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A pulse of mid-Pleistocene rift volcanism in Ethiopia at the dawn of modern humans

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A pulse of mid-Pleistocene rift volcanism in Ethiopia at the dawn of modern humans. / Hutchison, William; Fusillo, Raffaella; Pyle, David M; Mather, Tamsin A; Blundy, Jon D; Biggs, Juliet; Yirgu, Gezahegn; Cohen, Ben E; Brooker, Richard A; Barfod, Dan N; Calvert, Andrew T.

In: Nature Communications, Vol. 7, 13192, 18.10.2016.

Research output: Contribution to journalArticle

Harvard

Hutchison, W, Fusillo, R, Pyle, DM, Mather, TA, Blundy, JD, Biggs, J, Yirgu, G, Cohen, BE, Brooker, RA, Barfod, DN & Calvert, AT 2016, 'A pulse of mid-Pleistocene rift volcanism in Ethiopia at the dawn of modern humans', Nature Communications, vol. 7, 13192. https://doi.org/10.1038/ncomms13192

APA

Hutchison, W., Fusillo, R., Pyle, D. M., Mather, T. A., Blundy, J. D., Biggs, J., ... Calvert, A. T. (2016). A pulse of mid-Pleistocene rift volcanism in Ethiopia at the dawn of modern humans. Nature Communications, 7, [13192]. https://doi.org/10.1038/ncomms13192

Vancouver

Hutchison W, Fusillo R, Pyle DM, Mather TA, Blundy JD, Biggs J et al. A pulse of mid-Pleistocene rift volcanism in Ethiopia at the dawn of modern humans. Nature Communications. 2016 Oct 18;7. 13192. https://doi.org/10.1038/ncomms13192

Author

Hutchison, William ; Fusillo, Raffaella ; Pyle, David M ; Mather, Tamsin A ; Blundy, Jon D ; Biggs, Juliet ; Yirgu, Gezahegn ; Cohen, Ben E ; Brooker, Richard A ; Barfod, Dan N ; Calvert, Andrew T. / A pulse of mid-Pleistocene rift volcanism in Ethiopia at the dawn of modern humans. In: Nature Communications. 2016 ; Vol. 7.

Bibtex

@article{574c14c3ef734961b6fea3864a06bed0,
title = "A pulse of mid-Pleistocene rift volcanism in Ethiopia at the dawn of modern humans",
abstract = "The Ethiopian Rift Valley hosts the longest record of human co-existence with volcanoes on Earth, however, current understanding of the magnitude and timing of large explosive eruptions in this region is poor. Detailed records of volcanism are essential for interpreting the palaeoenvironments occupied by our hominin ancestors; and also for evaluating the volcanic hazards posed to the 10 million people currently living within this active rift zone. Here we use new geochronological evidence to suggest that a 200 km-long segment of rift experienced a major pulse of explosive volcanic activity between 320 and 170 ka. During this period, at least four distinct volcanic centres underwent large-volume (>10 km(3)) caldera-forming eruptions, and eruptive fluxes were elevated five times above the average eruption rate for the past 700 ka. We propose that such pulses of episodic silicic volcanism would have drastically remodelled landscapes and ecosystems occupied by early hominin populations.",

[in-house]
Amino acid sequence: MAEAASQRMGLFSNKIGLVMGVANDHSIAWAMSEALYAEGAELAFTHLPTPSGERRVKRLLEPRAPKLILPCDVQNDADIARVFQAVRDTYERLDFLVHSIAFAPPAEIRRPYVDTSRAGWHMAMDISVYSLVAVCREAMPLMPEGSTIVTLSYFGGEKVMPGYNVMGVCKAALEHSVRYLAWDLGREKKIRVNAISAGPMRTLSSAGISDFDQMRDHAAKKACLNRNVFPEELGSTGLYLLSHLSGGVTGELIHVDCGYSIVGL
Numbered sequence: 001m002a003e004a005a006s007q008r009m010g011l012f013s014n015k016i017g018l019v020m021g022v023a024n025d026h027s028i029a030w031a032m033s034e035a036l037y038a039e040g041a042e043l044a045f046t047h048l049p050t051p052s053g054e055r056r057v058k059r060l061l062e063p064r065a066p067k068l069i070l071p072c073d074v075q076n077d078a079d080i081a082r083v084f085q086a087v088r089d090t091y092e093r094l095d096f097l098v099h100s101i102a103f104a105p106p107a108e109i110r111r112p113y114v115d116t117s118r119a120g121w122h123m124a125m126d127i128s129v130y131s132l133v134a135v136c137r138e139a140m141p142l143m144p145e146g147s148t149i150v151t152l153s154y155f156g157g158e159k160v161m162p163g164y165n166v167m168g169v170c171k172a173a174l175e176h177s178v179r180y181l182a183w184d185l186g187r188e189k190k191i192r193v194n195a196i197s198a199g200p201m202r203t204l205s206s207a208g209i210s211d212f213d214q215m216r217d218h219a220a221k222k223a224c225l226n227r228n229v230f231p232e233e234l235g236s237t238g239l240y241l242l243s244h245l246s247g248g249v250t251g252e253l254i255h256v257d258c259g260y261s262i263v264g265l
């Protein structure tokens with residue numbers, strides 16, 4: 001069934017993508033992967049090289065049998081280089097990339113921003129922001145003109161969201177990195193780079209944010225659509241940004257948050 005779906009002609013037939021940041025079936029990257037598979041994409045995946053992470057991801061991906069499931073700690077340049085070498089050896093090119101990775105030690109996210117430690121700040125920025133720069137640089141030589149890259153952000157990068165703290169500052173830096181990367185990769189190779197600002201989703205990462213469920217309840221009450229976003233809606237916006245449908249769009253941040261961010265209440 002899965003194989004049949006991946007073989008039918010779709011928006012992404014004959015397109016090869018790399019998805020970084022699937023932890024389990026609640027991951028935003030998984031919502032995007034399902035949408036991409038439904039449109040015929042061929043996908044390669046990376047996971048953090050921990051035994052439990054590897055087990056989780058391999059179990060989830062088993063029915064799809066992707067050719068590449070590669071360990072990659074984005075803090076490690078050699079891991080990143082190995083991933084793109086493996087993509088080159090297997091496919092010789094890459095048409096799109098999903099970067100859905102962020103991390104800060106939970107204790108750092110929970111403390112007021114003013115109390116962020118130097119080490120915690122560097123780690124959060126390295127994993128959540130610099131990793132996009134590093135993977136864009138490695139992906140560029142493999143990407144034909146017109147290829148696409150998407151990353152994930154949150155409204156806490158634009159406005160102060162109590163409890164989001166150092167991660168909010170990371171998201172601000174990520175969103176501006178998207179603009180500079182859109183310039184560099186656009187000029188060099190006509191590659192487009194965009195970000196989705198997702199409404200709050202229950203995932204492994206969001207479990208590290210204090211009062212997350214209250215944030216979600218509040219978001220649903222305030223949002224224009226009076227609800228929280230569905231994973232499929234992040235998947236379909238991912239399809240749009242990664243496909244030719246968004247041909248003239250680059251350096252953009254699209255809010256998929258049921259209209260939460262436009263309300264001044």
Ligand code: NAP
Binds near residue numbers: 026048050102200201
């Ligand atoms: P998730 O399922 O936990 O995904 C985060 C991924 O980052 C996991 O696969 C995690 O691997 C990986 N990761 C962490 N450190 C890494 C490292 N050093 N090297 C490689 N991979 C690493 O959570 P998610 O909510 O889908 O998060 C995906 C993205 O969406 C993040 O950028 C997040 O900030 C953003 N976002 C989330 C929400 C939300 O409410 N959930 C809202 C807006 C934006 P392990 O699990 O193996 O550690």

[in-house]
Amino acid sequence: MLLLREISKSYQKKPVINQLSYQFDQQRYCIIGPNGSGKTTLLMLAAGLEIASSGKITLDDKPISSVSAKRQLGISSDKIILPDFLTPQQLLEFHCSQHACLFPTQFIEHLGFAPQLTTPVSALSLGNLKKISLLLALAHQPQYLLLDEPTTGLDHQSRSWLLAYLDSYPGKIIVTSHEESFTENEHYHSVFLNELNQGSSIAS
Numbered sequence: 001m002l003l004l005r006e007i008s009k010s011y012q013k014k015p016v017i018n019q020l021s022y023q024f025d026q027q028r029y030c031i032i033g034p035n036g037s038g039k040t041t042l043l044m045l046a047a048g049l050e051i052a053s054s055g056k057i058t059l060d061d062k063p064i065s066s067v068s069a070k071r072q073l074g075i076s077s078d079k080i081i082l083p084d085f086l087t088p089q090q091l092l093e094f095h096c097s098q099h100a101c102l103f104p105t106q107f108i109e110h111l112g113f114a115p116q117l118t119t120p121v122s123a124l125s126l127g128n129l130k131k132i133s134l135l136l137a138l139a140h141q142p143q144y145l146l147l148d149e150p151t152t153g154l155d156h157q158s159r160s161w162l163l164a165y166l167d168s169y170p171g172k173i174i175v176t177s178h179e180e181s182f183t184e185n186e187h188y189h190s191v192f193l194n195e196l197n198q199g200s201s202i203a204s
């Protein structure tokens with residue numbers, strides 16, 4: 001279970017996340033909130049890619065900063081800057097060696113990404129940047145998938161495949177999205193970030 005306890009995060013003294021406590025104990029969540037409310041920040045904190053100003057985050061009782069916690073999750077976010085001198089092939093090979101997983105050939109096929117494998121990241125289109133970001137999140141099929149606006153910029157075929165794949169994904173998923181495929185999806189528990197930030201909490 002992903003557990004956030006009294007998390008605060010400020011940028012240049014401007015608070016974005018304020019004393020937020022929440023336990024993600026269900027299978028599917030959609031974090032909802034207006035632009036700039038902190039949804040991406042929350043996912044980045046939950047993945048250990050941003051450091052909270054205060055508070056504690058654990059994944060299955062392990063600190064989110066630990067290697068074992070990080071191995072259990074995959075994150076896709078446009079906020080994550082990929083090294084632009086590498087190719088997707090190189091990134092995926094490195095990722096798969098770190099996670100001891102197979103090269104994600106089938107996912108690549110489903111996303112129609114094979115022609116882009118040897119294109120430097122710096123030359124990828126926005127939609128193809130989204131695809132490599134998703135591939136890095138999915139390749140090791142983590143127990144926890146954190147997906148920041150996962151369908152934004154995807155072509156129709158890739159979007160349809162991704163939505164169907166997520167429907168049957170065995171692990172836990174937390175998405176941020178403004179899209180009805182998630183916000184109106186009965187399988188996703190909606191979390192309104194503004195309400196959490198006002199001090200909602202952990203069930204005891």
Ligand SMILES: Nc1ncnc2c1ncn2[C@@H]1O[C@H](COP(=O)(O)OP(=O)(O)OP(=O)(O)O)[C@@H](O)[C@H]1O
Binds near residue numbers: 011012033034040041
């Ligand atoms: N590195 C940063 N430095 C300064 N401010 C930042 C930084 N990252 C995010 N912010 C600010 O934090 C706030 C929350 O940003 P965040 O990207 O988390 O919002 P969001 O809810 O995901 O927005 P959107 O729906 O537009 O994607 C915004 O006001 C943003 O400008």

author = "William Hutchison and Raffaella Fusillo and Pyle, {David M} and Mather, {Tamsin A} and Blundy, {Jon D} and Juliet Biggs and Gezahegn Yirgu and Cohen, {Ben E} and Brooker, {Richard A} and Barfod, {Dan N} and Calvert, {Andrew T}",
year = "2016",
month = "10",
day = "18",
doi = "10.1038/ncomms13192",
language = "English",
volume = "7",
journal = "Nature Communications",
issn = "2041-1723",
publisher = "Springer Nature",

}

RIS - suitable for import to EndNote

TY - JOUR

T1 - A pulse of mid-Pleistocene rift volcanism in Ethiopia at the dawn of modern humans

AU - Hutchison, William

AU - Fusillo, Raffaella

AU - Pyle, David M

AU - Mather, Tamsin A

AU - Blundy, Jon D

AU - Biggs, Juliet

AU - Yirgu, Gezahegn

AU - Cohen, Ben E

AU - Brooker, Richard A

AU - Barfod, Dan N

AU - Calvert, Andrew T

PY - 2016/10/18

Y1 - 2016/10/18

N2 - The Ethiopian Rift Valley hosts the longest record of human co-existence with volcanoes on Earth, however, current understanding of the magnitude and timing of large explosive eruptions in this region is poor. Detailed records of volcanism are essential for interpreting the palaeoenvironments occupied by our hominin ancestors; and also for evaluating the volcanic hazards posed to the 10 million people currently living within this active rift zone. Here we use new geochronological evidence to suggest that a 200 km-long segment of rift experienced a major pulse of explosive volcanic activity between 320 and 170 ka. During this period, at least four distinct volcanic centres underwent large-volume (>10 km(3)) caldera-forming eruptions, and eruptive fluxes were elevated five times above the average eruption rate for the past 700 ka. We propose that such pulses of episodic silicic volcanism would have drastically remodelled landscapes and ecosystems occupied by early hominin populations.

AB - The Ethiopian Rift Valley hosts the longest record of human co-existence with volcanoes on Earth, however, current understanding of the magnitude and timing of large explosive eruptions in this region is poor. Detailed records of volcanism are essential for interpreting the palaeoenvironments occupied by our hominin ancestors; and also for evaluating the volcanic hazards posed to the 10 million people currently living within this active rift zone. Here we use new geochronological evidence to suggest that a 200 km-long segment of rift experienced a major pulse of explosive volcanic activity between 320 and 170 ka. During this period, at least four distinct volcanic centres underwent large-volume (>10 km(3)) caldera-forming eruptions, and eruptive fluxes were elevated five times above the average eruption rate for the past 700 ka. We propose that such pulses of episodic silicic volcanism would have drastically remodelled landscapes and ecosystems occupied by early hominin populations.

U2 - 10.1038/ncomms13192

DO - 10.1038/ncomms13192

M3 - Article

C2 - 27754479

VL - 7

JO - Nature Communications

JF - Nature Communications

SN - 2041-1723

M1 - 13192

ER -